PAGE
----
Existentialism In The Modern World: Welcome To C-137
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Existentialism In The Modern World: Welcome To C-137

Why it's okay to not have any idea what is going on in our infinite universe

Existentialism In The Modern World: Welcome To C-137

Last week, Jim Carrey gave what some may call a bizarre interview, and others an enlightening experience. When approached by a reporter on the event's proceedings, Jim took this as an opportunity to drop a subtle existential barrage that would leave Bill Murray lost in translation. But what really caught stuck the most in his pensive state was his seemingly impalpable gesture with accepting his reality as a sacrosanct achievement:

“There is no me...There are just things happening and there are clusters of tetrahedrons moving around together.”

Aside from a minor case of pomp and circumstance in his blunt gestures, he had a point. Science has continually built up in support of evolution-based theory and these "tetrahedrons" as well as the stark of the reality of multiple dimensions, the big bang, and autism-free vaccinations. Even much of today's younger generations favor vehemently against aligning with an individual religion or category, instead keeping a rather broad stance on the metaphysical. While this doesn't necessarily disprove the legitimacy of many organized religions today, it does add to the argument of: is there really a higher purpose to our existence, or...

Is this it?

I firmly believe much of science, politics, psychology, everything really, has to do with the reaction we hold to the simple question: What happens when we die?

This one Q&A has more of an impact on our lives than any interview with Queen Bey ever could, maybe (no disrespect to Mrs. Knowles, her music is life-changing). Our reaction to one question that matters is the primary motivator and hindrance to every decision and chance we hold in our lives, yet one trend holds true in these recent years.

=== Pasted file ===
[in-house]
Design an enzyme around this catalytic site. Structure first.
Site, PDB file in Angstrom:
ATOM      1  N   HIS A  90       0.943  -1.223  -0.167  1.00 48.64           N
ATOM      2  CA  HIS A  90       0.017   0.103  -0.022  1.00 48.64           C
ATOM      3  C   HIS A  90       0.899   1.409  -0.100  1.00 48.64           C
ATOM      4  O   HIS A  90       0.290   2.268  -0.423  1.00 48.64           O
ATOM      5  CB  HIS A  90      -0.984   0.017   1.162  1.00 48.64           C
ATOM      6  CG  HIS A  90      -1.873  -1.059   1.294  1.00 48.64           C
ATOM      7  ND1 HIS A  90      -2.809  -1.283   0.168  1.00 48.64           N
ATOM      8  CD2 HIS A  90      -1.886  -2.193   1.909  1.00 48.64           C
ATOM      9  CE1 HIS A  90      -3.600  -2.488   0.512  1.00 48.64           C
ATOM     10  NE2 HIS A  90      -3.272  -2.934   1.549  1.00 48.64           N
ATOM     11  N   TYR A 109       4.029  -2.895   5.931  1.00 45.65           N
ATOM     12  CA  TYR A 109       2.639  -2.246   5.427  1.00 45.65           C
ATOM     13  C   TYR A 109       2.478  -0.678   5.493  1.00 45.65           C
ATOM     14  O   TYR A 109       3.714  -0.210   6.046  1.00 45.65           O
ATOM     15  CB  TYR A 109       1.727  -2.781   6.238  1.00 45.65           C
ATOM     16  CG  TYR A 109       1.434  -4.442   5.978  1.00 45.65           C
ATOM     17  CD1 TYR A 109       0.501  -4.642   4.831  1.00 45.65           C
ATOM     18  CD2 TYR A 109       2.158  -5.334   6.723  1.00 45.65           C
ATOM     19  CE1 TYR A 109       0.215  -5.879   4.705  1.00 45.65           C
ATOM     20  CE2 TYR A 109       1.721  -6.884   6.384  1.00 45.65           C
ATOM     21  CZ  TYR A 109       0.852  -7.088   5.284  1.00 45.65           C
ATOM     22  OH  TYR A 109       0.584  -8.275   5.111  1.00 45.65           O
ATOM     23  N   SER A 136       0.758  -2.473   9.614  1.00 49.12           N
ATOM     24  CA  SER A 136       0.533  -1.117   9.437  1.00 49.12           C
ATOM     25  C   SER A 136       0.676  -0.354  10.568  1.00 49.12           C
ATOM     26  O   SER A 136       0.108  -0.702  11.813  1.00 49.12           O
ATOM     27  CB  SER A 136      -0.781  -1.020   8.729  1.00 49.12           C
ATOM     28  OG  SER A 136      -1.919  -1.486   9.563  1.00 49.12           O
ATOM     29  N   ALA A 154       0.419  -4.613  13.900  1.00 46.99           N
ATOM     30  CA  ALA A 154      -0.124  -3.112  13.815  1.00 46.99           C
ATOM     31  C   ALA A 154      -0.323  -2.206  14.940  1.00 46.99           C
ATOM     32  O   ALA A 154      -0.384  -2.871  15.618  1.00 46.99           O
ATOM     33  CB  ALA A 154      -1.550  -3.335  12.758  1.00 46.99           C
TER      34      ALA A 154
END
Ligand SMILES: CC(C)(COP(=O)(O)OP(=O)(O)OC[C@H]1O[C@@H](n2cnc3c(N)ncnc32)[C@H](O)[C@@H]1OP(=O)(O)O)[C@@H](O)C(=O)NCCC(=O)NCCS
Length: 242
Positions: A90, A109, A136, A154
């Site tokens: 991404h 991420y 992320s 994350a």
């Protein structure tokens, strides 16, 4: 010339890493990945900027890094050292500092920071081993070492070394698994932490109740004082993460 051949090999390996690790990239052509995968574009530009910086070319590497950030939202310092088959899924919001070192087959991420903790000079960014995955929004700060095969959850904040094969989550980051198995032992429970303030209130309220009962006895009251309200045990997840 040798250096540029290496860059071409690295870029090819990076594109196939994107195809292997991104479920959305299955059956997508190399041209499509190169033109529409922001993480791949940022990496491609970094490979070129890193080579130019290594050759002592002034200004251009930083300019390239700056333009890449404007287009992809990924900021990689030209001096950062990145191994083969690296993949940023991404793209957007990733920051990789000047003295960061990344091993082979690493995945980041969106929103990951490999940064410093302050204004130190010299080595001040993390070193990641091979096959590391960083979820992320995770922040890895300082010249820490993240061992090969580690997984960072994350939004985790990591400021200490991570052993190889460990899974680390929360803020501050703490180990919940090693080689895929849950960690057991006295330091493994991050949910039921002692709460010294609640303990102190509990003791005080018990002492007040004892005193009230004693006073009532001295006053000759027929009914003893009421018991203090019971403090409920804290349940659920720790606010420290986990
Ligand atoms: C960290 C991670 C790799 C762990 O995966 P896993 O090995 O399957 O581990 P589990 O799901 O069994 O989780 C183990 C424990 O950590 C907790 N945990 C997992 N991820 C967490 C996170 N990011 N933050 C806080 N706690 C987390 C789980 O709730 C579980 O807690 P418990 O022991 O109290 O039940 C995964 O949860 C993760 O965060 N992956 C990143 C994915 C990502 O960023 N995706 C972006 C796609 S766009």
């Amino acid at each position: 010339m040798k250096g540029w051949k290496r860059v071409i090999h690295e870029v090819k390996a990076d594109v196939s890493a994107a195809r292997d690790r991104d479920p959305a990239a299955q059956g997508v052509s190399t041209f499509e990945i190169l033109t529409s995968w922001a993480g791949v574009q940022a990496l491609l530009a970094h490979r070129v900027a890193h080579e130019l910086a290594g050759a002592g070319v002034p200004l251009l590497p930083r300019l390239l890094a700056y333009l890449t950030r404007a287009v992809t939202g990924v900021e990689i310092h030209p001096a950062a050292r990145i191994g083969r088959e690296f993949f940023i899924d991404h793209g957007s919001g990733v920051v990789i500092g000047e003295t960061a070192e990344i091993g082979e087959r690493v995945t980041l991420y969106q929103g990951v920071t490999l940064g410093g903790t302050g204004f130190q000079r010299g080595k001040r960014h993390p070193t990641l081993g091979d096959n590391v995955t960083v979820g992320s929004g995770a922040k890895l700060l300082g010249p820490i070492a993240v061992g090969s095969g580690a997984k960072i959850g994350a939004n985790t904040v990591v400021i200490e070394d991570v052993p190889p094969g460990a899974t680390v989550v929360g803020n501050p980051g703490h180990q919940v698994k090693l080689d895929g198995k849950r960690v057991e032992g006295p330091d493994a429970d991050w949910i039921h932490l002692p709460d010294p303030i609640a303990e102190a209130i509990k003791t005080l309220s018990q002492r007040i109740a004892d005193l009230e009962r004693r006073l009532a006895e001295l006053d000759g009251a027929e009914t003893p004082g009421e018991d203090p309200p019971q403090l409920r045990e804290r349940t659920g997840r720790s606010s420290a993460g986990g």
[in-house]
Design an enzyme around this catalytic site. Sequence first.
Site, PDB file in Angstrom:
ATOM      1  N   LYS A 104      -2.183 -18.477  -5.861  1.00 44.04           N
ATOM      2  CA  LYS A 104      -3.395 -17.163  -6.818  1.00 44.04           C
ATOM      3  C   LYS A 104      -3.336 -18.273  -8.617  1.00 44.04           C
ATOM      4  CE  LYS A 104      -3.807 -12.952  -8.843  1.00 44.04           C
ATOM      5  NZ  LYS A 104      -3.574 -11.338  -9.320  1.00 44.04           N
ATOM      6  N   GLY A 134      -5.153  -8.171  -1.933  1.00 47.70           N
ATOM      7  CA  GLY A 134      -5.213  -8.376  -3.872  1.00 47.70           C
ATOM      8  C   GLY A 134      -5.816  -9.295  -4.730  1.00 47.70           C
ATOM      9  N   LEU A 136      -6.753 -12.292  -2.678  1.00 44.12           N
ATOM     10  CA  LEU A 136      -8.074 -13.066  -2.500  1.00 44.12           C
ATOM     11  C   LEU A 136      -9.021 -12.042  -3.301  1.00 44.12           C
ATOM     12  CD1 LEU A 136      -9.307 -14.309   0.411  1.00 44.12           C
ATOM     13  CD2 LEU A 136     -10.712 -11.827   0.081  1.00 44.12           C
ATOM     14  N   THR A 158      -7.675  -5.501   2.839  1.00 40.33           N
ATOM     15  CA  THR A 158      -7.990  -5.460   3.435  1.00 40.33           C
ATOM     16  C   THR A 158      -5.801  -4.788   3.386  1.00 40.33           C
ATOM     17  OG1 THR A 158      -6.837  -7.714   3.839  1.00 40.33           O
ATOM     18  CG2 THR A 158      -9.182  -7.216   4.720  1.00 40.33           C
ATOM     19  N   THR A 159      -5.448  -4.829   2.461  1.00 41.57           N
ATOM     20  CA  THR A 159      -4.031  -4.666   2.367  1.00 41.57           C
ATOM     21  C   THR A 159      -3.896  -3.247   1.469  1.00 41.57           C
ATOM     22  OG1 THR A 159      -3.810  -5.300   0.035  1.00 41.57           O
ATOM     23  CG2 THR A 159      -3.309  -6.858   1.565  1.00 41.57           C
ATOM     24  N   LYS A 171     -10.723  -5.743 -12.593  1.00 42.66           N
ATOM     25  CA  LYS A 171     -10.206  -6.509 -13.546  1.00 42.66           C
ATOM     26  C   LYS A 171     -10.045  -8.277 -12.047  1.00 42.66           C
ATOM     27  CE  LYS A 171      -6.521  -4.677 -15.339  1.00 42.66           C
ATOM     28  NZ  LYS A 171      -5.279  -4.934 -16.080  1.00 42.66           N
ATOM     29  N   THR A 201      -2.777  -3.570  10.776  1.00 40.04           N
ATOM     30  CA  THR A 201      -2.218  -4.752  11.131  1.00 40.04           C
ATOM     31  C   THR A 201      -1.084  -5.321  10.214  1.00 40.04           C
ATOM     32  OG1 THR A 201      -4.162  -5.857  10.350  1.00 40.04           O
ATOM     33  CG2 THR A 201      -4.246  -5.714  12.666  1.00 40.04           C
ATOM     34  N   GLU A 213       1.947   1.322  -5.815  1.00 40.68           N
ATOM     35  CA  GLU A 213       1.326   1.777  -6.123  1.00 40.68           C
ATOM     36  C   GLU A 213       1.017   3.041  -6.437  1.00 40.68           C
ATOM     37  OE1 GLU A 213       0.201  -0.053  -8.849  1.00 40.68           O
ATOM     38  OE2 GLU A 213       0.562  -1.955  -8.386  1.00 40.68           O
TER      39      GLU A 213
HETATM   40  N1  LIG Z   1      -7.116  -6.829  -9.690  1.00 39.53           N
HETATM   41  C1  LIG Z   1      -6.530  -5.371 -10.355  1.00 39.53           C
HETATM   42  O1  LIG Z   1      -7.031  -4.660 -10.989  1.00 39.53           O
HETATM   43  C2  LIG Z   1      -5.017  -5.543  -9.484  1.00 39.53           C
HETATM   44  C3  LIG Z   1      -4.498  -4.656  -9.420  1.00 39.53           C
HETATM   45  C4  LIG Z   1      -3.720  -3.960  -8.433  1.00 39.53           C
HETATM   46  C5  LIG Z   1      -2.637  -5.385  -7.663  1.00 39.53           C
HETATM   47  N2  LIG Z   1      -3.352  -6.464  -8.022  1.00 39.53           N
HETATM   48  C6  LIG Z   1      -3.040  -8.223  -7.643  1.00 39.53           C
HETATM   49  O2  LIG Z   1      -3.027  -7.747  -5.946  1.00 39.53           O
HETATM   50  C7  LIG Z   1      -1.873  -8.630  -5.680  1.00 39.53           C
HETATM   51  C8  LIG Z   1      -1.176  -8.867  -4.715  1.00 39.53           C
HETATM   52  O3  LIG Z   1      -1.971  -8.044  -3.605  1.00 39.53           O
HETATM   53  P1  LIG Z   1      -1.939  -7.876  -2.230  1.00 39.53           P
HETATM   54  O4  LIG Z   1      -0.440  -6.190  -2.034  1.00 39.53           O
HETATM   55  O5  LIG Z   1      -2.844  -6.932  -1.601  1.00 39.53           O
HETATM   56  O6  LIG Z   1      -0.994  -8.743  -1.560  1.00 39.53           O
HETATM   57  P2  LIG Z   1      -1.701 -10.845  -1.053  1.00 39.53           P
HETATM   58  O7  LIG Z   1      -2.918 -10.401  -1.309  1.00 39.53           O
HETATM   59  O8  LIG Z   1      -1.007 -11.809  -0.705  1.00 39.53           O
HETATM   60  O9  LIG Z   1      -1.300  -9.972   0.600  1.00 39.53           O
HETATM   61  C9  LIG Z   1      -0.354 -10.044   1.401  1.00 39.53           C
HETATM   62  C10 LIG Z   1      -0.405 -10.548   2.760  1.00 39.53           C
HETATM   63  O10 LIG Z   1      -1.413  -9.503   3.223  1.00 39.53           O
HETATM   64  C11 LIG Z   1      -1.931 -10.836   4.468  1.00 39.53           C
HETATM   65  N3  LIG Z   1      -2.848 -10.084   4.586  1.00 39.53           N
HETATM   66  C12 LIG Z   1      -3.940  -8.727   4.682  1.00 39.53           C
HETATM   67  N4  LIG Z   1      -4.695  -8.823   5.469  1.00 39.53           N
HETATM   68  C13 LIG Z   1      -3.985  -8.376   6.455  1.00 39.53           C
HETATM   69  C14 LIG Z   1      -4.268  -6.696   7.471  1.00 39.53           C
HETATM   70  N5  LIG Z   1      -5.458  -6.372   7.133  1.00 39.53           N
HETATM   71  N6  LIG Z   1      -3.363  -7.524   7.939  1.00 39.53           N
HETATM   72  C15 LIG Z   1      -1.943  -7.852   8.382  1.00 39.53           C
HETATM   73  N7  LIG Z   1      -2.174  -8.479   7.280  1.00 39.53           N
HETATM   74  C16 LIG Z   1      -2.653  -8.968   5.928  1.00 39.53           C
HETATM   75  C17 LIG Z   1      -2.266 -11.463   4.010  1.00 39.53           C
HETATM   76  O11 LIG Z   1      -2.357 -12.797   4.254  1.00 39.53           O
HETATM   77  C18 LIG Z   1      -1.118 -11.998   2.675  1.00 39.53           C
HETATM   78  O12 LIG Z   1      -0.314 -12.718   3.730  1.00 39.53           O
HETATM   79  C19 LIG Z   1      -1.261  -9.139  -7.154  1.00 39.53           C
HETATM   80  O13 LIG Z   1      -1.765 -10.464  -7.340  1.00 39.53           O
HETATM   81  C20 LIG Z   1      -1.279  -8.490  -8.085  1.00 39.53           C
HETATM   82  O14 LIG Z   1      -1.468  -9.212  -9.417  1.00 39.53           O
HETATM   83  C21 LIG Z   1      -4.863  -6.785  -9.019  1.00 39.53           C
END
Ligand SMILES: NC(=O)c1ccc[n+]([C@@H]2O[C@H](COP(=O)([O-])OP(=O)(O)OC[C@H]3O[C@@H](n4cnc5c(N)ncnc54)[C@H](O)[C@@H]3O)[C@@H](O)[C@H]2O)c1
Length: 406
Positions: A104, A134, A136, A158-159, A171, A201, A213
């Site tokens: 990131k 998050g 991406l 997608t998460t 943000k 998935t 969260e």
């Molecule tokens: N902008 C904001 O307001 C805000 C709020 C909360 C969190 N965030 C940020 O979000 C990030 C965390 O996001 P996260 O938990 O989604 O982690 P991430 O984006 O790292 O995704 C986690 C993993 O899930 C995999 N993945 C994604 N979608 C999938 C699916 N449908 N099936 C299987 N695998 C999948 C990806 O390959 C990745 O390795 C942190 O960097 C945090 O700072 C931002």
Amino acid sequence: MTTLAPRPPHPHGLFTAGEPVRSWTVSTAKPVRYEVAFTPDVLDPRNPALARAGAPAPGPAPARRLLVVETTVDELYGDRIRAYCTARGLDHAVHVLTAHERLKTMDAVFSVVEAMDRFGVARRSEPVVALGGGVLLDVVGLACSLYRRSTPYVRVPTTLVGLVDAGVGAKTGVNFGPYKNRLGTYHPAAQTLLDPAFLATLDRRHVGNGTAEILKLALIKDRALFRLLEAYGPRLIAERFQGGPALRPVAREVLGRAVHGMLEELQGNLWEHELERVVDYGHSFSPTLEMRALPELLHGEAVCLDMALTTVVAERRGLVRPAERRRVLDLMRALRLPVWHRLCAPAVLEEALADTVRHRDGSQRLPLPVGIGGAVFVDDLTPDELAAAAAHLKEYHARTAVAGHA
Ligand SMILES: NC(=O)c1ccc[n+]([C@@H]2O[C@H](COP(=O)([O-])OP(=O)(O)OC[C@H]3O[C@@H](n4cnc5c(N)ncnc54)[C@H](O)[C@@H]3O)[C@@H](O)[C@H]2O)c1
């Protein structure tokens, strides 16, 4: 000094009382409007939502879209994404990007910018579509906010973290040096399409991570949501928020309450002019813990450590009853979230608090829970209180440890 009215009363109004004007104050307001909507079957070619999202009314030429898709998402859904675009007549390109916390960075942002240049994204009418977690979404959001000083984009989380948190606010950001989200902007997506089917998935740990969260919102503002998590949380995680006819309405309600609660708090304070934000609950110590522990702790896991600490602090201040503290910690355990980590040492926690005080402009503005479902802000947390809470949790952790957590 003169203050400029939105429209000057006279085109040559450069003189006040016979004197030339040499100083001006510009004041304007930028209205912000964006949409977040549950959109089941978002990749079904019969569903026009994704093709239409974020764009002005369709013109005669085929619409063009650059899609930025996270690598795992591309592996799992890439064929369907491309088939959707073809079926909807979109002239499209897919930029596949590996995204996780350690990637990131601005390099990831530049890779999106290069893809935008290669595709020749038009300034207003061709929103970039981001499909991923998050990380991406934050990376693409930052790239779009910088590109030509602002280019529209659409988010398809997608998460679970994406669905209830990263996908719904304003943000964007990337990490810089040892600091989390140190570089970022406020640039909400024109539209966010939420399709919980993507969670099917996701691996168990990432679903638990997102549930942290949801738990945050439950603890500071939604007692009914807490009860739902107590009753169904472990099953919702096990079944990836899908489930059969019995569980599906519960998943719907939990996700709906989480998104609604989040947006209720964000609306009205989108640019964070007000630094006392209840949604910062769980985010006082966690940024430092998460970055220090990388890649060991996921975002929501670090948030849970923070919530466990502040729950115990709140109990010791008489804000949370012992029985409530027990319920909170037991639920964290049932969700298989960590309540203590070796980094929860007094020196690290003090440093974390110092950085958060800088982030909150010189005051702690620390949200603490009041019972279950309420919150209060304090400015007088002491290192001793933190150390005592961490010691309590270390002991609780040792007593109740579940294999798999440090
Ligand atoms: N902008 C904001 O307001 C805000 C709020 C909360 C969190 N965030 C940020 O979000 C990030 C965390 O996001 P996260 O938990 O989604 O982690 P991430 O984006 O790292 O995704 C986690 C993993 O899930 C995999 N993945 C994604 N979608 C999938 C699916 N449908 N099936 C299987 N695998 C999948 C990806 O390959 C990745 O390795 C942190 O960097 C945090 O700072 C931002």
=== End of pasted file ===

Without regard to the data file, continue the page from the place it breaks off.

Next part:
Apathy, permeating through the streets. Shit music on the radio, a shit for a president in the potentially greatest globalist state in the world, the youth balancing prepubescent nihilism with their first steps into the app-less reality and politics, all the while the second-guessing of meaning to this looms overhead. In what Radiohead perfectly illustrated a "fitter happier" contemporary society, many just take the state of the world with... meh. All the while, almost under their noses a jarring sense of existentialism is steadily growing as a consistent paradigm this generation holds, yet in a mutated state. Existential humanism, in its purest context, is never in congruence with apathy, the general wave of no fucks among the general population.

In a previous article, I talked about how dystopias would never work in the real world, but it doesn't necessarily mean they would never exist, it's all in the fine print, the perspective of what is deemed as a dystopia. In a day in age where one's snapchat series holds more weight than heightening nuclear war, the argument for a doomed tomorrow is plausible. Like Jim Carrey and the rest of the universe, we are just things happening, in an infinite number of ways. What you do, you wear, you feel, say, plead, exclaim from the top of your lungs is a piece of redundancy, one of the infinite ways you could have reacted based on the artificial constructs that you cling to, that keep the paranoia at bay. That may have seemed naive, but I'm sort of on your side. Like many still alive, I have spent a sizable amount of time thinking about how pointless everything is. Yet in a number of ways to look at life in pessimistic regard, so many of us chose to want happiness, want purpose over total reason. This begs the question: How does one stay existentially self-aware of their place in the universe, all the while find that feeling, the meaning in the face of nothing?